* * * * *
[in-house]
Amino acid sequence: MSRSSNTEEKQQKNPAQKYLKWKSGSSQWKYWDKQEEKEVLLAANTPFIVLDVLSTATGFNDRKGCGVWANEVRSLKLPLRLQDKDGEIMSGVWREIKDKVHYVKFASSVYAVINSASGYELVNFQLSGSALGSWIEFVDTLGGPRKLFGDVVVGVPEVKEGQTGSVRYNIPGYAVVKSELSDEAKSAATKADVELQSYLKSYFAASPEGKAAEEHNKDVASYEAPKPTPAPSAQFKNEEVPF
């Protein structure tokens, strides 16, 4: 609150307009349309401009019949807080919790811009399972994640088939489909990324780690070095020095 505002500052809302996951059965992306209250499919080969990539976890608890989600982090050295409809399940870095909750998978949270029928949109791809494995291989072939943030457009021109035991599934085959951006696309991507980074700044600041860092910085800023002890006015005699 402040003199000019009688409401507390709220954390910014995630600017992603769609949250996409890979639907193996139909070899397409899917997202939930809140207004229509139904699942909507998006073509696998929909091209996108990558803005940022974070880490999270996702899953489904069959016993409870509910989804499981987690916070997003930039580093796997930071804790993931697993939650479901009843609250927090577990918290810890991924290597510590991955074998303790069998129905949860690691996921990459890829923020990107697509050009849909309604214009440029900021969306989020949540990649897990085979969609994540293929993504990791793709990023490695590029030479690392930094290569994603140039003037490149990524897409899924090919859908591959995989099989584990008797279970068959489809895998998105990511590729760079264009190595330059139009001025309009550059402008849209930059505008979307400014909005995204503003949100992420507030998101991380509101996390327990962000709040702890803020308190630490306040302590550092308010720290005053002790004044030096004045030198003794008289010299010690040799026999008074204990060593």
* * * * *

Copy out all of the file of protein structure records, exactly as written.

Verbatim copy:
[in-house]
Amino acid sequence: MSRSSNTEEKQQKNPAQKYLKWKSGSSQWKYWDKQEEKEVLLAANTPFIVLDVLSTATGFNDRKGCGVWANEVRSLKLPLRLQDKDGEIMSGVWREIKDKVHYVKFASSVYAVINSASGYELVNFQLSGSALGSWIEFVDTLGGPRKLFGDVVVGVPEVKEGQTGSVRYNIPGYAVVKSELSDEAKSAATKADVELQSYLKSYFAASPEGKAAEEHNKDVASYEAPKPTPAPSAQFKNEEVPF
């Protein structure tokens, strides 16, 4: 609150307009349309401009019949807080919790811009399972994640088939489909990324780690070095020095 505002500052809302996951059965992306209250499919080969990539976890608890989600982090050295409809399940870095909750998978949270029928949109791809494995291989072939943030457009021109035991599934085959951006696309991507980074700044600041860092910085800023002890006015005699 402040003199000019009688409401507390709220954390910014995630600017992603769609949250996409890979639907193996139909070899397409899917997202939930809140207004229509139904699942909507998006073509696998929909091209996108990558803005940022974070880490999270996702899953489904069959016993409870509910989804499981987690916070997003930039580093796997930071804790993931697993939650479901009843609250927090577990918290810890991924290597510590991955074998303790069998129905949860690691996921990459890829923020990107697509050009849909309604214009440029900021969306989020949540990649897990085979969609994540293929993504990791793709990023490695590029030479690392930094290569994603140039003037490149990524897409899924090919859908591959995989099989584990008797279970068959489809895998998105990511590729760079264009190595330059139009001025309009550059402008849209930059505008979307400014909005995204503003949100992420507030998101991380509101996390327990962000709040702890803020308190630490306040302590550092308010720290005053002790004044030096004045030198003794008289010299010690040799026999008074204990060593």